How ’sudden’ is sudden cardiac arrest?

In more than 50% of all sudden cardiac arrest cases, signs of heart trouble occur weeks before the life-threatening event, a new study finds.

Sudden cardiac death is responsible for half of cardiovascular deaths in the US, with total of 350.000 death each year. Even if fast action is taken, sudden cardiac arrest results in death in more than 9 out of 10 cases.

But how sudden is sudden cardiac arrest?

New study, which sums up a 14-year research period, finds that warning symptoms occur before sudden cardiac arrest in more than 50% of the cases, but most are ignored.

The study involved 839 patients with sudden cardiac arrest and found that 51% of them had warning symptoms, mainly chest pain and dyspnea 4 weeks before sudden cardiac arrest, which re-occurred 24 hours before the life-threatening event in 93% of the cases.

sudden cardiac arrest

Warning signs

- chest pain (uncomfortable pressure, squeezing - mostly in men)
- dyspnea & shortness of breath (mostly in women)
- pain or discomfort in the arms, the back, neck, jaw or stomach
- dizziness
- fainting
- palpitation

If you frequently have chest pain, dyspnea, shortness of breath, dizziness visit your doctor as soon as possible. If these symptoms last several minutes, call your emergency response number immediately, even if the symptoms have never occured before.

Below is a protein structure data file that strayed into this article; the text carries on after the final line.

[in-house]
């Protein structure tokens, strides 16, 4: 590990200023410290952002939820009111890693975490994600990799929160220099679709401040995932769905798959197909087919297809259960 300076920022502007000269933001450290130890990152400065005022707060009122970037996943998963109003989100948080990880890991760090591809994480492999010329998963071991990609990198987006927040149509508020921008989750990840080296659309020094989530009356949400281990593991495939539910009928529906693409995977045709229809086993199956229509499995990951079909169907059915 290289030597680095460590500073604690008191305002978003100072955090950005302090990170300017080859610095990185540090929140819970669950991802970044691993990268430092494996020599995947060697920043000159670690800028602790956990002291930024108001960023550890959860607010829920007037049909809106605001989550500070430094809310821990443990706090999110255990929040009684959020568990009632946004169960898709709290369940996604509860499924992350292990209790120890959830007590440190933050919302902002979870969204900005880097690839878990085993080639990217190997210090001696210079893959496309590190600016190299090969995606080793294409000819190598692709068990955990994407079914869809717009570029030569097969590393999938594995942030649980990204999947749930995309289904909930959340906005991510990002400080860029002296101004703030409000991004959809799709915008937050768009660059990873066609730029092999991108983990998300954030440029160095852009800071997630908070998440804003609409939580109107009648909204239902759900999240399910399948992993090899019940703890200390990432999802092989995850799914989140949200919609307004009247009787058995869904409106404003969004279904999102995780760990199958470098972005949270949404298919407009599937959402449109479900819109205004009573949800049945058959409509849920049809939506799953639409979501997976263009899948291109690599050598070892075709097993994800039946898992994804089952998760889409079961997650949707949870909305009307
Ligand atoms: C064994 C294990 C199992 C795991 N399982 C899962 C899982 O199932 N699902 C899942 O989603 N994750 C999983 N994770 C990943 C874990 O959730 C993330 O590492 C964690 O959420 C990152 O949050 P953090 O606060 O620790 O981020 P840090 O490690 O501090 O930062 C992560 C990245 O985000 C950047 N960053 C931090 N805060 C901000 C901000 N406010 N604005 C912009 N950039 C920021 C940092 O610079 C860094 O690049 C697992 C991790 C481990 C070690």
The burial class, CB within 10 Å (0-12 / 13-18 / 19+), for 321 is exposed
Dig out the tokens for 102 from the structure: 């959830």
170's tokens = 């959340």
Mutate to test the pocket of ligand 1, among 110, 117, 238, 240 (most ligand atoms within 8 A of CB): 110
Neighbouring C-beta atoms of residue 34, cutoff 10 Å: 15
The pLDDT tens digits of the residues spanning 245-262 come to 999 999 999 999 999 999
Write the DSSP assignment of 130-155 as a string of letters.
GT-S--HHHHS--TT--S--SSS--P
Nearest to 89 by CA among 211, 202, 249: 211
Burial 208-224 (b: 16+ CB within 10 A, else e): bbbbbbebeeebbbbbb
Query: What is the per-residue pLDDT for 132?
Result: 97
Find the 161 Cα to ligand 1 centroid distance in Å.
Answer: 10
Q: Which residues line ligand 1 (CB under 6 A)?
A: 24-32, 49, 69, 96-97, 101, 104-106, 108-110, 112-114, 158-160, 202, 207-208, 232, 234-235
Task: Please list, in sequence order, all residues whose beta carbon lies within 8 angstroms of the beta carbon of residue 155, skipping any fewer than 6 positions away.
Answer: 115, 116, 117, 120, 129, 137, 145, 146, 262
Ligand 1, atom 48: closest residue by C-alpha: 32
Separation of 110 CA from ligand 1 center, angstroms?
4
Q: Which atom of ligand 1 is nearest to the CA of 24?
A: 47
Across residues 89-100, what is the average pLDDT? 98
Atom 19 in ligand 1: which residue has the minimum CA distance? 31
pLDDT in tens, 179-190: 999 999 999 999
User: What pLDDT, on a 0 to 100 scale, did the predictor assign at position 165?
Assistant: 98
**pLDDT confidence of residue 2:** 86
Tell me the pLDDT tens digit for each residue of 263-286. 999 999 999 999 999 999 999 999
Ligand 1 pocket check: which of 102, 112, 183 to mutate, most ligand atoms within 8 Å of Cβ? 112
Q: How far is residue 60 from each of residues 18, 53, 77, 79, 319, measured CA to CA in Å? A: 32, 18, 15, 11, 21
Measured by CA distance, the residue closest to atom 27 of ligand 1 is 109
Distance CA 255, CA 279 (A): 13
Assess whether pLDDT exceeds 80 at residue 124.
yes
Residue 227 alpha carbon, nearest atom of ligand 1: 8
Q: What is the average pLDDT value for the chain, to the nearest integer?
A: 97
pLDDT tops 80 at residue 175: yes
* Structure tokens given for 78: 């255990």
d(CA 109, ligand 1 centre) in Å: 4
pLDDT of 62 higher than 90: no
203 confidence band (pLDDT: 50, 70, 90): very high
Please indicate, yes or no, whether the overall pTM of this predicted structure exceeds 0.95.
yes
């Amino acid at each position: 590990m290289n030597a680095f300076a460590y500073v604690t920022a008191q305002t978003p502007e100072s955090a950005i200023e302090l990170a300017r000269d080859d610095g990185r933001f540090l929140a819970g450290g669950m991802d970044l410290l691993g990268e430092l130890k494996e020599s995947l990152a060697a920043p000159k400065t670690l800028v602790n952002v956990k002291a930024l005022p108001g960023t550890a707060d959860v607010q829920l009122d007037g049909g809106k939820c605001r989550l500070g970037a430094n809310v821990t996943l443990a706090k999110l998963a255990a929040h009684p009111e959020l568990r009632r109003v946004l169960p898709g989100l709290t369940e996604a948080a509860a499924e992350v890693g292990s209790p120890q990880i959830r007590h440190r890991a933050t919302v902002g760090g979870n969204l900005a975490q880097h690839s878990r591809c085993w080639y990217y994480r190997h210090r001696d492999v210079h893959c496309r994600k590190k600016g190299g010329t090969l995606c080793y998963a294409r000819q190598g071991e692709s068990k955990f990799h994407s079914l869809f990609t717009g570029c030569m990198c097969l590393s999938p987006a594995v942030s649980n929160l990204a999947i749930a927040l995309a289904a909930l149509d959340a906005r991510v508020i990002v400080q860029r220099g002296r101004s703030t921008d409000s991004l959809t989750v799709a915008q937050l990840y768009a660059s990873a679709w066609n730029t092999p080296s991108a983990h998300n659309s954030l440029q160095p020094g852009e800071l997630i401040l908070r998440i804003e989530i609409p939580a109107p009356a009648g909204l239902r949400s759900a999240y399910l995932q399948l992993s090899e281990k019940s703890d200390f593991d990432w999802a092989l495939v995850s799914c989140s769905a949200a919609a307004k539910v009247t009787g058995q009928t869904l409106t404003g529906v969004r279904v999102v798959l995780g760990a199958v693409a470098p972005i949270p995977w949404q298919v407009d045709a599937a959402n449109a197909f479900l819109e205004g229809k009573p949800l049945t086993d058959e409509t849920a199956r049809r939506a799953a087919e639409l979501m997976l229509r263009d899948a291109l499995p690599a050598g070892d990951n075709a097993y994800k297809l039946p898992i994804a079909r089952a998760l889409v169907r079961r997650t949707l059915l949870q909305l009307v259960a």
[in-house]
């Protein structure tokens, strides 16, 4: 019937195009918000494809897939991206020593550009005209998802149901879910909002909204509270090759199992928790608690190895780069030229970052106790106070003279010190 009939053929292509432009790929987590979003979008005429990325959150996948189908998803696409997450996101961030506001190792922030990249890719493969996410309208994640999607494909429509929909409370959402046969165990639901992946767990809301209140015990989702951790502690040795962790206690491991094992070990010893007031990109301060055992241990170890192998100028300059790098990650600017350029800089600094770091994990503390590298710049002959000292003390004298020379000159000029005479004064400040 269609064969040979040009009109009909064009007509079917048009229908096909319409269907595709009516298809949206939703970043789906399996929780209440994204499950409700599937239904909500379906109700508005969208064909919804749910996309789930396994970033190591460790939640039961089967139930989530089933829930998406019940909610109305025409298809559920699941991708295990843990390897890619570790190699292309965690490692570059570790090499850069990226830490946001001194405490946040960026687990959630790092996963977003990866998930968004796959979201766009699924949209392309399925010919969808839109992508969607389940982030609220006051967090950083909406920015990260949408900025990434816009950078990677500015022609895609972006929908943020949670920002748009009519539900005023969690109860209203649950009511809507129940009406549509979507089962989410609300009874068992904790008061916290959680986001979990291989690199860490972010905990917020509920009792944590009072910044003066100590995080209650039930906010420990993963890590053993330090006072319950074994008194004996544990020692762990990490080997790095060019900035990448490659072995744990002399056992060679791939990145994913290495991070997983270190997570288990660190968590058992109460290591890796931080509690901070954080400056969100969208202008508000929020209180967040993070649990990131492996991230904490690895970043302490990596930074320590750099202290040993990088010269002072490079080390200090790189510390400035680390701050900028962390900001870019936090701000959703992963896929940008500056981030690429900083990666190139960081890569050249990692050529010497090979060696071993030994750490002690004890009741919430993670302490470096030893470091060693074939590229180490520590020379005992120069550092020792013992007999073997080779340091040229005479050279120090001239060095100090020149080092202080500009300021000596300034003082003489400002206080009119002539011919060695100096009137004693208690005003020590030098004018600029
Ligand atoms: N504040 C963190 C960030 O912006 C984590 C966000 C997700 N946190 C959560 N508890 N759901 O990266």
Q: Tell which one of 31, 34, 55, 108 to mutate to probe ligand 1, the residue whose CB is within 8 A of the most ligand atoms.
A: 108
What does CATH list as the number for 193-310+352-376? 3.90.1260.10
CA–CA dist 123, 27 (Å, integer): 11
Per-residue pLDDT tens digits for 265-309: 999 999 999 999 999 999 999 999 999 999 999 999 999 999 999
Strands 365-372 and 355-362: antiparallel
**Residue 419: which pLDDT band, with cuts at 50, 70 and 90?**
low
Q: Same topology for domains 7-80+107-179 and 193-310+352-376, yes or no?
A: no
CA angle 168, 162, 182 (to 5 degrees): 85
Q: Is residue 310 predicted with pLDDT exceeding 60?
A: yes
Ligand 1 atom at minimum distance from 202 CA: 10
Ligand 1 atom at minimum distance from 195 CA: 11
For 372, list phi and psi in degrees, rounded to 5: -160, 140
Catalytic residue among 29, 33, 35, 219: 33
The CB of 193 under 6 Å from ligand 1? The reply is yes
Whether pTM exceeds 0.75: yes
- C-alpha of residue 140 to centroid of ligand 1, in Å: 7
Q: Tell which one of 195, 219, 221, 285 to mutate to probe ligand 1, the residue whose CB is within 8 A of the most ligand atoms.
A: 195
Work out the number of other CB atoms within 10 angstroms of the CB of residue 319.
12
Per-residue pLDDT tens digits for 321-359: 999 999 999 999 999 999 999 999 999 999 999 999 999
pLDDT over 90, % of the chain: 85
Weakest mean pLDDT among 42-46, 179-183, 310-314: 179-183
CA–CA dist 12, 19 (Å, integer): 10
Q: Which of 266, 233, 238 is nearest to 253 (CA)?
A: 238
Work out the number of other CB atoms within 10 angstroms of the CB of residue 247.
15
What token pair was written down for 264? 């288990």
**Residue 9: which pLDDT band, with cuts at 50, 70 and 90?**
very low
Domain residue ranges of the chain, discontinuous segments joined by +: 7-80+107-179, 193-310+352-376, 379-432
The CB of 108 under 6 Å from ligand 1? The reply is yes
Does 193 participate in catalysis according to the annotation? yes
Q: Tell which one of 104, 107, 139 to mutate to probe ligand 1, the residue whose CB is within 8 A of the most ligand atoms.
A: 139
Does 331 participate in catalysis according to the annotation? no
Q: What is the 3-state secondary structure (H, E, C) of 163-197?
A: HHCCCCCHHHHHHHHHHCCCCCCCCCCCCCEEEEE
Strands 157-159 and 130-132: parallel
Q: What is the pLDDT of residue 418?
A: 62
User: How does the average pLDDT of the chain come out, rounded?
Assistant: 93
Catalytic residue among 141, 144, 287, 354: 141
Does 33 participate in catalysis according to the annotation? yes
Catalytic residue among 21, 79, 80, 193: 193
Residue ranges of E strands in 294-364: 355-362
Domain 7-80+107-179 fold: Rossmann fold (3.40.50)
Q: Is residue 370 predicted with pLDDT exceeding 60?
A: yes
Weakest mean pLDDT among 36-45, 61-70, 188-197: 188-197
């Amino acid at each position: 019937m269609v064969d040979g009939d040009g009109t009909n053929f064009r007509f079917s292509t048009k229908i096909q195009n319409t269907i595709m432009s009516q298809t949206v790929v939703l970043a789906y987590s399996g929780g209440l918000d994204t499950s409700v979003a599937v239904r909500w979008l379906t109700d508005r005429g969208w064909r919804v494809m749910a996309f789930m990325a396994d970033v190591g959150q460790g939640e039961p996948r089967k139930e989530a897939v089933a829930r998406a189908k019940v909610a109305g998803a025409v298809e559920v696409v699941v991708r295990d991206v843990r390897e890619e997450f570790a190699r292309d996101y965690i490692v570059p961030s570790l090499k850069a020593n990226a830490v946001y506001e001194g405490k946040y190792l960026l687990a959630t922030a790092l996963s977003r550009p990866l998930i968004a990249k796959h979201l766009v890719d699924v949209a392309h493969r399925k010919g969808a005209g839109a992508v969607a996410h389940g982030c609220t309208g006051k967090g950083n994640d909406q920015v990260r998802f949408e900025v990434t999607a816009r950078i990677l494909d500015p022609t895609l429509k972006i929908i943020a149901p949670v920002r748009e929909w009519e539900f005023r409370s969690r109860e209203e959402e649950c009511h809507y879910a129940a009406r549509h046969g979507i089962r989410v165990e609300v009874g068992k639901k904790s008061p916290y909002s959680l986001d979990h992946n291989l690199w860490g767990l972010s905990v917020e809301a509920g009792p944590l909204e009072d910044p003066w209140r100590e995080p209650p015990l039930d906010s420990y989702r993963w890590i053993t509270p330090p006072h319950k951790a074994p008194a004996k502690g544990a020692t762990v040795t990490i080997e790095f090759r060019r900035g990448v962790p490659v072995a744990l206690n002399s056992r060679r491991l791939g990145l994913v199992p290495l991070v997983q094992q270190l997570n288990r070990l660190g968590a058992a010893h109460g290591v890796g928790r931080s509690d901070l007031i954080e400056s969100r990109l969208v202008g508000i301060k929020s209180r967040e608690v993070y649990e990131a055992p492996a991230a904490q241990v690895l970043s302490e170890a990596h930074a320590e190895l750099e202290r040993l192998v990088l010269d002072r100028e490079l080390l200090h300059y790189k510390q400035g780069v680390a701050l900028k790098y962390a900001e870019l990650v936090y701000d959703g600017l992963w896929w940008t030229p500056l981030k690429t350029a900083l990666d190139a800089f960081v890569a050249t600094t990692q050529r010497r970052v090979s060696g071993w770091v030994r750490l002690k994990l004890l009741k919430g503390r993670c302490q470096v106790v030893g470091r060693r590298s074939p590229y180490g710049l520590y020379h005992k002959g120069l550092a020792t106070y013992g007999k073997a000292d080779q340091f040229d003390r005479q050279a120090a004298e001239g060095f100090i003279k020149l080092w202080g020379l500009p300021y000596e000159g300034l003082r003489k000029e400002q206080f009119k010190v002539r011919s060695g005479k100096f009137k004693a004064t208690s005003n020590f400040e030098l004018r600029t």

Sudden cardiac arrest vs heart attack

Although warning signs are quite similar and sudden cardiac arrest often triggers heart attack, the two terms and conditions are not the same.

Cardiac arrest is an electrical problem, which is triggered by the collapse of the heart's electrical system that causes an irregular heartbeat (arrhythmia). With its pumping action disrupted, the heart cannot pump blood to the brain, lungs and other organs. Sudden cardiac arrest may occur even if the arteries are in good condition.

Heart attack, however, is a circulation problem, which occurs when blood flow to the heart is blocked in the artery.


image reference: lsq1med

What can be done?

1. Get to know your risk factors! (Heredity, history of your illness, predisposing factors)
2. Take care of yourself, lead a healthy lifestyle (frequent, moderate intensity sport; healthy eating, satisfying social life)
3. Identify and manage stress factors. Learn stress releasing techniques. Change lifystyle if necessary. Stress is the biggest risk factor not only for cardiovascular diseases, but also for predisposing hypertension, diabetes, high cholesterol or anxiety dependencies.
4. Screen yourself frequently.
5. If you experience any warning signs, visit your doctor or – if the signs lasts several minutes recurrently - call your emergency number immediately.
6. Learn resuscitation and act quickly if somebody from your neighbourhood has collapsed unconsciously and has no pulse or breathing.

Useful links:
Warning signs of heart attack by the American Heart Association